WASHINGTON – Congressional lawmakers struck a deal on Wednesday that delays resolving a House-Senate dispute over President Bush's proposed tax cuts.
They also tried to settle differences over Bush's Iraq war package giving the White House $80 billion to work with for now on funding the war and reconstruction effort.
The budget compromise — which won crucial support from a pair of moderate GOP senators — removed the last major obstacle to congressional passage this week of a $2.2 trillion tax-and-spending plan for 2004. Leaders also wanted to send the president the war spending bill this week.
The fiscal blueprint would let the Senate pass a tax-cutting bill in coming weeks costing $350 billion through 2013, while the House's price tag would be $626 billion, House Budget Committee Chairman Jim Nussle said. The two chambers would have to approve a bill with a common number before shipping it to Bush for his signature.
The agreement seemed to spell the end of the full $726 billion package Bush proposed in January as a major pillar of his domestic agenda. He said his plan — which would end taxes individuals pay on corporate dividends and accelerate scheduled income tax cuts — would revitalize the listless economy.
Similar House and Senate versions of a bill authorizing money for the war and post-Saddam Hussein reconstruction effort, approved last week, were dominated by roughly $62 billion for the Pentagon, as Bush requested.
The White House says the president needs that wiggle room to effectively deal with the unpredictable turns of war, but lawmakers refuse to cede the president the power of the purse.
The final version of the spending bill also will likely include $3 billion in aid for struggling airlines, perhaps including assistance for laid-off airline workers.
The White House didn't ask for this money and has called the House and Senate proposals "excessive."
One of the remaining obstacles to passage of the war package, which would be attached to the 2003 fiscal year budget, were objections by Senate Appropriations Committee Chairman Ted Stevens, R-Alaska, who opposes House demands to omit extra-spending items included in the Senate version, for instance extra cash for an animal lab in Iowa.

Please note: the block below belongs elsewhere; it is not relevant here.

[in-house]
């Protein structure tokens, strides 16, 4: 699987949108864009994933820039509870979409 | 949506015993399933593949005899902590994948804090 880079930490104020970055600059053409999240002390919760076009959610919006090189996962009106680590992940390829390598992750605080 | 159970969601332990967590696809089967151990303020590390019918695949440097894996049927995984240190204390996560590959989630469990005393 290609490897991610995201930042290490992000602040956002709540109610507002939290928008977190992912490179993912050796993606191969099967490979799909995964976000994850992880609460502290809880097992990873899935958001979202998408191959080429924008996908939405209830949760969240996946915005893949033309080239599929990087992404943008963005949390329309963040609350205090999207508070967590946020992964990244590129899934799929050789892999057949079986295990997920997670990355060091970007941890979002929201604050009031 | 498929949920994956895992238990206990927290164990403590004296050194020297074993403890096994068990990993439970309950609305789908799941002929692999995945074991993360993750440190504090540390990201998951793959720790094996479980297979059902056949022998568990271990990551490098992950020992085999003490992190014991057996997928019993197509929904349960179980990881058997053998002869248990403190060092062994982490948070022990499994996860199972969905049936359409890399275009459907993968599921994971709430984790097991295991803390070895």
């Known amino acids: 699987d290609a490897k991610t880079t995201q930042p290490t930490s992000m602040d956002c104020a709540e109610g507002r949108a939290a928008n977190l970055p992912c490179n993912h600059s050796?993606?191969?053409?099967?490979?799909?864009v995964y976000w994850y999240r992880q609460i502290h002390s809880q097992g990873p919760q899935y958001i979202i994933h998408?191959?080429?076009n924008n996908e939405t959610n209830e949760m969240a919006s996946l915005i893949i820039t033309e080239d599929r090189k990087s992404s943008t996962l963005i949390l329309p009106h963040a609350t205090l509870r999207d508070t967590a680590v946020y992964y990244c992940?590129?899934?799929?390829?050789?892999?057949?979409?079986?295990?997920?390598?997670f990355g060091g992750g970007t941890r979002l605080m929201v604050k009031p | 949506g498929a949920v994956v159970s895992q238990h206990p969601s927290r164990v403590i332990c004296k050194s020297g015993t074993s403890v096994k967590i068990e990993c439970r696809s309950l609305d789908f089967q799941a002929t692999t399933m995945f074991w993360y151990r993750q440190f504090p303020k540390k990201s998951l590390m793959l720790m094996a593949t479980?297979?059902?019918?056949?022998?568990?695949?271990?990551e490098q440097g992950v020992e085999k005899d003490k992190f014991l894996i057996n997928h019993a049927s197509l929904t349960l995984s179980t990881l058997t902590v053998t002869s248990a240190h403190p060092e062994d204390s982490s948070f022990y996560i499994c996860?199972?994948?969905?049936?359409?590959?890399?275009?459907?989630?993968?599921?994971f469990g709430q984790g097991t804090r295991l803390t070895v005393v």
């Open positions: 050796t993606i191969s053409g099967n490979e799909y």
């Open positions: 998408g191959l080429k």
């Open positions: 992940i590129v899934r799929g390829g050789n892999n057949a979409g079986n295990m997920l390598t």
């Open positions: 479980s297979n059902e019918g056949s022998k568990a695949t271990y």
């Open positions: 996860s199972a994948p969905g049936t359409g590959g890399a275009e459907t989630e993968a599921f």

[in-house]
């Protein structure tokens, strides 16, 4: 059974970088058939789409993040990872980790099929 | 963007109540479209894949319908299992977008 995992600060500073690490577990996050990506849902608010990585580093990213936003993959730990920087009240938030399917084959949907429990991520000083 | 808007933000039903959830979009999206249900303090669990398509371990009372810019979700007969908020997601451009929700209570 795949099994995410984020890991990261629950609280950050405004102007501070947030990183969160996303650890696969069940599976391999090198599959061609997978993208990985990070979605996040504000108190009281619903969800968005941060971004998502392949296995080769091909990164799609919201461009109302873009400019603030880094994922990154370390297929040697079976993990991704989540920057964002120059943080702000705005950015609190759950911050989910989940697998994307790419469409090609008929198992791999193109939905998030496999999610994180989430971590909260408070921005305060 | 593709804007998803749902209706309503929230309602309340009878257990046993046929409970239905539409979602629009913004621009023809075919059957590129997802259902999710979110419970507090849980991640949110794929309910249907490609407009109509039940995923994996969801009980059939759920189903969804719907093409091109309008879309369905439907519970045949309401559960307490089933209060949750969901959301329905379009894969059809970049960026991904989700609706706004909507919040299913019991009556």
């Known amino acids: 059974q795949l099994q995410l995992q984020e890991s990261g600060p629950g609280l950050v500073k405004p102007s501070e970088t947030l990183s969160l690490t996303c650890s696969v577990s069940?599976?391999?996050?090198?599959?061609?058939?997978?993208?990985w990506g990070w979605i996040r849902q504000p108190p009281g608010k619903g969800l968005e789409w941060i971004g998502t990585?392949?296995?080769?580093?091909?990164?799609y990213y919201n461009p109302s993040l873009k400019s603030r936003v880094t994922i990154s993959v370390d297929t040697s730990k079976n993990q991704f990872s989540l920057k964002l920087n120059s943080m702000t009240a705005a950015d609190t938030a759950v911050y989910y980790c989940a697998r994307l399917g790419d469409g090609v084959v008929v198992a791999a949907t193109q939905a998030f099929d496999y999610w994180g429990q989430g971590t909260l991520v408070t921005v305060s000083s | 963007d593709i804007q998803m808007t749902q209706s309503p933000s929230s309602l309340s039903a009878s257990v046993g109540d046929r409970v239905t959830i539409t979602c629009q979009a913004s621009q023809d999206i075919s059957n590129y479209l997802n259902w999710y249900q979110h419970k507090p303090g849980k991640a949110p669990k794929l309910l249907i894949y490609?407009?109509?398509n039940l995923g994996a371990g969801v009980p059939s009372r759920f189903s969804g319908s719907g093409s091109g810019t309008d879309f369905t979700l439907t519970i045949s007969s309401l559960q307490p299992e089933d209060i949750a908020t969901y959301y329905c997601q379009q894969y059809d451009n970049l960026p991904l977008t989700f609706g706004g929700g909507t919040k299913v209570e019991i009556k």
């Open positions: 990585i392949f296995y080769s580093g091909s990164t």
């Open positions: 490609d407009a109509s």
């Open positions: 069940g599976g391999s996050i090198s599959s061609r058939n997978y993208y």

Bush argues that the tax package, which would eliminate individuals' taxes on corporate dividends and accelerate some income-tax cuts, will give the U.S. economy a badly needed shot in the arm.
The finance committees now have to hammer out the tax bills, which are separate from the budget bill, and the whole question of reconciling the two numbers would come up again when the tax bills are negotiated between House and Senate lawmakers.
By doing this, both chambers will be able to pass the non-binding budget resolution, which Senate Republicans desperately want to take place after coming down hard on Senate Minority Leader Tom Daschle, D-S.D., for not doing when he was Senate leader last year.
The maneuver, though, would "kick the can down the road" and allow a budget to be passed even though there is an impasse between the two chambers over the size of the tax cut.
Asked about the idea, Nussle, R-Iowa, said, "That's the current effort to get the Senate on board. The initial reaction has been positive."
Dispensing with diplomacy, he added that the new approach was needed because of "four votes in the Senate, who don't seem as concerned about economic growth as the vast majority of the Republican Party, and we need to manage that problem."
Republicans there have fallen two votes short of increasing the $350 billion tax cut because of various votes against that plan by GOP Sens. Lincoln Chafee of Rhode Island, John McCain of Arizona, Olympia Snowe of Maine and George Voinovich. Voinovich and Snowe said Wednesday they may endorse the new plan.
But Sen. Charles Grassley, R-Iowa, chairman of the Finance Committee, said he is not pleased with the decision.
"The motivation is pretty clear and simple: To pass the buck ... for something the budgeteers couldn't figure out," Grassley said.
Daschle called the plan "amazingly innovative" but also a "sham."
"There will be an uproar of some magnitude if somebody tries to do this," he said. Most of the Senate's 48 Democrats oppose tax cuts greater than $350 billion.
Congress' budget sets revenue and expenditure totals for the year, and does not need the president's signature.
On another domestic issue, the House voted 265-150 Tuesday for a non-binding measure calling for inclusion of workers' benefits.
There were 67 Republicans who voted for the resolution, despite a letter Tuesday from White House budget chief Mitch Daniels that said benefits for a specific industry would be "unusual, unfair and potentially harmful."
Fox News' Julie Asher and The Associated Press contributed to this report.